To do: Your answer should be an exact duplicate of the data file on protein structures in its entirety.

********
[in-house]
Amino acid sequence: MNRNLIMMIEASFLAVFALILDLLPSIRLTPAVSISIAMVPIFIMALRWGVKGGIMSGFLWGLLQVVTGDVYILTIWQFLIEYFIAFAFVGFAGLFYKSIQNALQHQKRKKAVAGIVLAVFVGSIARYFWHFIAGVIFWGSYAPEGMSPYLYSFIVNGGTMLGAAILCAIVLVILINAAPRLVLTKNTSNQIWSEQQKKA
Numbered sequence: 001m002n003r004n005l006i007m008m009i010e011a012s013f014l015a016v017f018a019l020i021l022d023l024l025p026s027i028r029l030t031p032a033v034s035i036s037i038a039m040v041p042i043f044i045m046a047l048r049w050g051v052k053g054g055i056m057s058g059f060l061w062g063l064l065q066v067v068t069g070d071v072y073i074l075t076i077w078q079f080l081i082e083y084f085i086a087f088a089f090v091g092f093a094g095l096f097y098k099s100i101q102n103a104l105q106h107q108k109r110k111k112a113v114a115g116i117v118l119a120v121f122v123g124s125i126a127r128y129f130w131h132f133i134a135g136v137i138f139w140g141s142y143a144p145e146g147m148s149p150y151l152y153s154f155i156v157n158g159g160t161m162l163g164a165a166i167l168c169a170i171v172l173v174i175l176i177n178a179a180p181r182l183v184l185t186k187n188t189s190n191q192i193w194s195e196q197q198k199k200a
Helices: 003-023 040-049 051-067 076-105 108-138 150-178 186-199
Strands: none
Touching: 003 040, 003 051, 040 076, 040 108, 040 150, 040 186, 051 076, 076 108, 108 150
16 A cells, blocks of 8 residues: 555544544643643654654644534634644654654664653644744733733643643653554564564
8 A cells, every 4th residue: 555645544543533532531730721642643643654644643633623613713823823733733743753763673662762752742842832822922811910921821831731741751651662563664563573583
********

[in-house]
Amino acid sequence: MNRNLIMMIEASFLAVFALILDLLPSIRLTPAVSISIAMVPIFIMALRWGVKGGIMSGFLWGLLQVVTGDVYILTIWQFLIEYFIAFAFVGFAGLFYKSIQNALQHQKRKKAVAGIVLAVFVGSIARYFWHFIAGVIFWGSYAPEGMSPYLYSFIVNGGTMLGAAILCAIVLVILINAAPRLVLTKNTSNQIWSEQQKKA
Numbered sequence: 001m002n003r004n005l006i007m008m009i010e011a012s013f014l015a016v017f018a019l020i021l022d023l024l025p026s027i028r029l030t031p032a033v034s035i036s037i038a039m040v041p042i043f044i045m046a047l048r049w050g051v052k053g054g055i056m057s058g059f060l061w062g063l064l065q066v067v068t069g070d071v072y073i074l075t076i077w078q079f080l081i082e083y084f085i086a087f088a089f090v091g092f093a094g095l096f097y098k099s100i101q102n103a104l105q106h107q108k109r110k111k112a113v114a115g116i117v118l119a120v121f122v123g124s125i126a127r128y129f130w131h132f133i134a135g136v137i138f139w140g141s142y143a144p145e146g147m148s149p150y151l152y153s154f155i156v157n158g159g160t161m162l163g164a165a166i167l168c169a170i171v172l173v174i175l176i177n178a179a180p181r182l183v184l185t186k187n188t189s190n191q192i193w194s195e196q197q198k199k200a
Helices: 003-023 040-049 051-067 076-105 108-138 150-178 186-199
Strands: none
Touching: 003 040, 003 051, 040 076, 040 108, 040 150, 040 186, 051 076, 076 108, 108 150
16 A cells, blocks of 8 residues: 555544544643643654654644534634644654654664653644744733733643643653554564564
8 A cells, every 4th residue: 555645544543533532531730721642643643654644643633623613713823823733733743753763673662762752742842832822922811910921821831731741751651662563664563573583